When they’re not connected with nature, those things are more prevalent. Versus if they’re outdoors and they’re active and they’re enjoying playing in nature—those are healthy life choices that stick with them for their entire life.

Teachers can help improve the future of our youth.

What I talk to teachers about all the time is any lesson can be taught outdoors. It’s very beneficial; they’re more engaged while they’re out there. And most teachers that take that step out the door see good results.

Find classroom resources on the Texas Parks and Wildlife website—click the Education tab. And, the Nature Rocks Texas website points families to nearby nature-based activities.

Our series receives support from RAM Trucks; built to serve.

For Texas Parks and Wildlife, I’m Cecilia Nasti.

Back to School Week: Training the Trainers

Tuesday, August 7th, 2018

Project Wild Curriculum & Activity Guides.

This is Passport to Texas Back to School Week

Texas educators can help nurture future land stewards by teaching students conservation education curricula in partnership with Texas Parks and wildlife. It all starts with a workshop.

Most of the workshops [involve] actually doing the activities themselves, and then discussing them among themselves as educators.

Kiki Cory coordinates Project Wild, part of the conservation education programming available from Texas Parks and Wildlife.

Project Wild and Aquatic Wild are K-12; they are actually used in a lot of college for teacher training. And then Growing up Wild is for 3 – 7 year olds.

Although the new school year is here, teachers have not missed their chance to receive training.

Once school starts, the end of August first of September, we have a quiet time so that the teachers can get their feet back on the ground and into their classrooms. But, by the end of September, we start seeing workshops pop up again, and they pretty much go year-round.

The beauty of these conservation education programs, like Project Wild, is that the concepts may be woven through all educational disciplines—from art to science.

The activities can be games, or they can be art projects, or they can be research projects; they’re all interdisciplinary. Elementary teachers love that because they can mix them in.

Bring the Texas outdoors to your classroom; learn how when you click the Education tab on the Texas Parks and Wildlife website.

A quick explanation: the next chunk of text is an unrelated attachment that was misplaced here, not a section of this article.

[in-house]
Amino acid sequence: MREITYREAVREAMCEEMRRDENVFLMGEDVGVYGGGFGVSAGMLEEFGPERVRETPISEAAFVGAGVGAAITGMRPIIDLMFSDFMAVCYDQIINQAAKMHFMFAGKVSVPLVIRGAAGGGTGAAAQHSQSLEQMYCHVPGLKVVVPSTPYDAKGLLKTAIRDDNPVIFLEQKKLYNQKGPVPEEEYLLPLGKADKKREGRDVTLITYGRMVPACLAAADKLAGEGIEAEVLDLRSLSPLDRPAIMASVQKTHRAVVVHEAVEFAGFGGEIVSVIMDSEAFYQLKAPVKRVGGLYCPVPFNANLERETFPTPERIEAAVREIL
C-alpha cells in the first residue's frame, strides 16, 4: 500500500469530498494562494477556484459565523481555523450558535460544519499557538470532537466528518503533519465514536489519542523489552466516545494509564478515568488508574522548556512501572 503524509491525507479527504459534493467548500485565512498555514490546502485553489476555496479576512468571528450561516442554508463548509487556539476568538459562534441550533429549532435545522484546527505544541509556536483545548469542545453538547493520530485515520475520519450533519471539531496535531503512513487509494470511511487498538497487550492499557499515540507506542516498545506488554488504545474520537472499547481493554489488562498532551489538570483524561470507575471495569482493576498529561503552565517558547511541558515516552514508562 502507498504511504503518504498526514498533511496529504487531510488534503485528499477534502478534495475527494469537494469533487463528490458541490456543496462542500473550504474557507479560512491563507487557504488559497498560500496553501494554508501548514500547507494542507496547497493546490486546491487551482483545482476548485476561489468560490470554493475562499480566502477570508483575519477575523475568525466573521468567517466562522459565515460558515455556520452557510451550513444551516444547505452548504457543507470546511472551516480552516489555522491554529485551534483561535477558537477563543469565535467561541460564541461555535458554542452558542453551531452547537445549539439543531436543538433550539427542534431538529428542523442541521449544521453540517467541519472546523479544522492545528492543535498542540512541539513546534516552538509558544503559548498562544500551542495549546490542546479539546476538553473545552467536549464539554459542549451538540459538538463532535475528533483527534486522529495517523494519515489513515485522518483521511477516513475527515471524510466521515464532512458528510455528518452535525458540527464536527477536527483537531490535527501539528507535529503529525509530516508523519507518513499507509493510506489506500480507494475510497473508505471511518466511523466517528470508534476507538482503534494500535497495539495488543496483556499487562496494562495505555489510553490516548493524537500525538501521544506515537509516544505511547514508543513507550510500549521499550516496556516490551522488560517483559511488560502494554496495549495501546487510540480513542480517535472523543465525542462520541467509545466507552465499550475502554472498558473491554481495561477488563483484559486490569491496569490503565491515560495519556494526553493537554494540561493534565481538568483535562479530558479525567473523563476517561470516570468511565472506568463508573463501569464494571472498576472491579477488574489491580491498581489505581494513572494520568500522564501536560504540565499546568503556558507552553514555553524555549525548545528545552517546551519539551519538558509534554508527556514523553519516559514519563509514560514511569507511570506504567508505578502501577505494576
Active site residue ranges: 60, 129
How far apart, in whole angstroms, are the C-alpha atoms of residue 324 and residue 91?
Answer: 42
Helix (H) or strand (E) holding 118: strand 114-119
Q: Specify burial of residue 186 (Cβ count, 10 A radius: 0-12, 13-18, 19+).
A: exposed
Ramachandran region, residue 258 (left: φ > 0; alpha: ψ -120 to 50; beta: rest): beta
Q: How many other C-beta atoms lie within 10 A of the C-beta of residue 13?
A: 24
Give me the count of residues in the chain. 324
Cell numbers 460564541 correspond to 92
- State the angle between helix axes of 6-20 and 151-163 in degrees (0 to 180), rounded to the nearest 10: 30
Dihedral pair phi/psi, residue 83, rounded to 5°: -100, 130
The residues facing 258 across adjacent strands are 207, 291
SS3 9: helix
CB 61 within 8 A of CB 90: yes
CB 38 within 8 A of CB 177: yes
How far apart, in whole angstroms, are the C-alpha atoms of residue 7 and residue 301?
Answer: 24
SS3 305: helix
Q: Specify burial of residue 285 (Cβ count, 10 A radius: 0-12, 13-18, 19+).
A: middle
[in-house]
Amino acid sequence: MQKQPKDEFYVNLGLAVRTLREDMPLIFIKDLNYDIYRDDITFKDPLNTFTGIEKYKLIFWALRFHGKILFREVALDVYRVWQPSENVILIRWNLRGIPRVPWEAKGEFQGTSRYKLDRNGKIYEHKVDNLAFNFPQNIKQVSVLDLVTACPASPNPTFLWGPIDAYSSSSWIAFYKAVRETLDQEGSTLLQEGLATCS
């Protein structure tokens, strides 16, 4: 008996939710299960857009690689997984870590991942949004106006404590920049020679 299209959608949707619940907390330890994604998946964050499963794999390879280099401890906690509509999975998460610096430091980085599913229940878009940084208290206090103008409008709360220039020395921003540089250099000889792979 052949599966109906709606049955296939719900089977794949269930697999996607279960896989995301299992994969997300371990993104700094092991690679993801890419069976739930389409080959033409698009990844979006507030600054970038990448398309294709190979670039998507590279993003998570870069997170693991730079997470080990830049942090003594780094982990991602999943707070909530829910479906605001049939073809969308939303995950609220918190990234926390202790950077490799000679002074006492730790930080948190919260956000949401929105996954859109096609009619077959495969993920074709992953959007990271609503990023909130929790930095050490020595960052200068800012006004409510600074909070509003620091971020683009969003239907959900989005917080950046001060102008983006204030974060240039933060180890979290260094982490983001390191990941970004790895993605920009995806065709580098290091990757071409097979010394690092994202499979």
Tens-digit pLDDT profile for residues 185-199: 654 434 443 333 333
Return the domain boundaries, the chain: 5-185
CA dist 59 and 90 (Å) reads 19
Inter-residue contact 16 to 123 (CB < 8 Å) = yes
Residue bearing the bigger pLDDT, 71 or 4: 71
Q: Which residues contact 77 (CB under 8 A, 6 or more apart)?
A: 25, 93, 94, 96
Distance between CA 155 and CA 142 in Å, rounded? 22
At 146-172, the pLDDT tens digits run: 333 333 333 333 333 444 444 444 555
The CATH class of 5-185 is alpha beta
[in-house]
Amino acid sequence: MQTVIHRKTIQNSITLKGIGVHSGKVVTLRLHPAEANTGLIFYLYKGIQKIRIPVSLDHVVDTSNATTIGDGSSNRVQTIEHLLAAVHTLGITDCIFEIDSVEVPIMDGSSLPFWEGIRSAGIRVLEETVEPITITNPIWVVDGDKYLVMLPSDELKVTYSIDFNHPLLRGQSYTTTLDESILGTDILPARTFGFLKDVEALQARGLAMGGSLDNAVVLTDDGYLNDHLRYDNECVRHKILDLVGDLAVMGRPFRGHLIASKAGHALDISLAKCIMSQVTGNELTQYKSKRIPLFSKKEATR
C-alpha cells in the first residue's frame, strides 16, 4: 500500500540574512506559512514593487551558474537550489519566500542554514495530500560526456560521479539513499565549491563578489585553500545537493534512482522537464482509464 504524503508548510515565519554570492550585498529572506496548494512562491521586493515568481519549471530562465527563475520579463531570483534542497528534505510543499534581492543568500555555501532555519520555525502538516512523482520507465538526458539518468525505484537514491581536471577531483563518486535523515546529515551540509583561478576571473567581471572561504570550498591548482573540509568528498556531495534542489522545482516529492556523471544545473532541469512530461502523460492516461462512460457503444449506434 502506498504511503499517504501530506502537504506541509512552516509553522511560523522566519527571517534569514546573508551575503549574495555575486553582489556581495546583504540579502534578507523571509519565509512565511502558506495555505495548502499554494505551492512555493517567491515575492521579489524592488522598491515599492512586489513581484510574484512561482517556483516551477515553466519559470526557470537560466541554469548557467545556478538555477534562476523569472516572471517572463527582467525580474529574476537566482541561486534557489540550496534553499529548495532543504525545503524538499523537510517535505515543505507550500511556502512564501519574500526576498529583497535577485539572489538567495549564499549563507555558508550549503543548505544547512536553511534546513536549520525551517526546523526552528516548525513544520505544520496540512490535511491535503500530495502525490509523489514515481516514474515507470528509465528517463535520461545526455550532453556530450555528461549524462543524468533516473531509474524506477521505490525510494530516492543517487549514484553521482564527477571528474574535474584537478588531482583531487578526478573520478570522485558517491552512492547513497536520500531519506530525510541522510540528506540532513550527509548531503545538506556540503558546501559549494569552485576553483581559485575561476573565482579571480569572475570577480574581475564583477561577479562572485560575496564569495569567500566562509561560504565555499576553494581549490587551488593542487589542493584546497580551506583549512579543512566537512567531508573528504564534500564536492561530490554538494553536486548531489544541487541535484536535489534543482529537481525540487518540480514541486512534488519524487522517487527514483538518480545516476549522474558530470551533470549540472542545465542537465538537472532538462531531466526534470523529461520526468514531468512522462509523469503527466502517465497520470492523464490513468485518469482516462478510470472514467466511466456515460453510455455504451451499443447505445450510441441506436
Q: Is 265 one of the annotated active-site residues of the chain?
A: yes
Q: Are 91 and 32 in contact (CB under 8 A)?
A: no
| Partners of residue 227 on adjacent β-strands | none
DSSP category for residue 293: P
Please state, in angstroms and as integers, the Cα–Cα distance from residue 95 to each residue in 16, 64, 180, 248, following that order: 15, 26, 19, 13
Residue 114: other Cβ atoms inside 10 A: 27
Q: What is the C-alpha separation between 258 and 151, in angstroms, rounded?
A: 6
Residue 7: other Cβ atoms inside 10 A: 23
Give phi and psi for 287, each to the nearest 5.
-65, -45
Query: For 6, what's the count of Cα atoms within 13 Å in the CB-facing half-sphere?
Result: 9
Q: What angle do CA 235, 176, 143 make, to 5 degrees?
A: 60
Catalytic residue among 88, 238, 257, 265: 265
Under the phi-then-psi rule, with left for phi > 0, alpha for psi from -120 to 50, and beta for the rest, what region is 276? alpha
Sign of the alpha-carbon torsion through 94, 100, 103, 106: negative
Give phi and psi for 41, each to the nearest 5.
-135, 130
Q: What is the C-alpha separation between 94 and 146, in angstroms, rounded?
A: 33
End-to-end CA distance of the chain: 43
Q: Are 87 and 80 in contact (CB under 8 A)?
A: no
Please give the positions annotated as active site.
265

For Texas Parks and Wildlife, I’m Cecilia Nasti.

Back to School Week: Outreach & Education

Monday, August 6th, 2018

Bringing nature to the classroom. Image:

This is Passport to Texas Back to School Week

You might wonder why Texas Parks and Wildlife trains teachers to provide outdoor education and conservation curricula, when many groups statewide already address those areas.

So, typically, if you’re working with school groups, you’ll have a more diverse audience, and a more diverse representation of the population than you would in a self-selected or volunteer group.

Johnnie Smith is director of Outreach and Education for Texas Parks and Wildlife, which offers wide ranging programs.

Under Outreach & Education, we have angler education, boater education, hunter education—all of our outreach and recruitment efforts [like the Texas State Fair]—and then lastly we have a section that’s called conservation Education. Those are the folks that work directly with school-aged children and teachers.

Conservation programs include Project Wild, TCiN and community water curricula. Teachers receive training and resource materials so they can expose students to natural resources, wildlife and habitat.

Because, what we find is, that until somebody establishes an affinity for nature, they’re not likely to ever develop a conservation-minded approach, or stewardship approach. And so, we hope that that investment in the kids will yield us folks that are stewardship and conservation-minded in the future.

Bring the Texas outdoors to your classroom; learn how when you click the Education tab on the Texas Parks and Wildlife website.

Our show receives support from RAM Trucks: Built to Serve.

For Texas Parks and Wildlife, I’m Cecilia Nasti.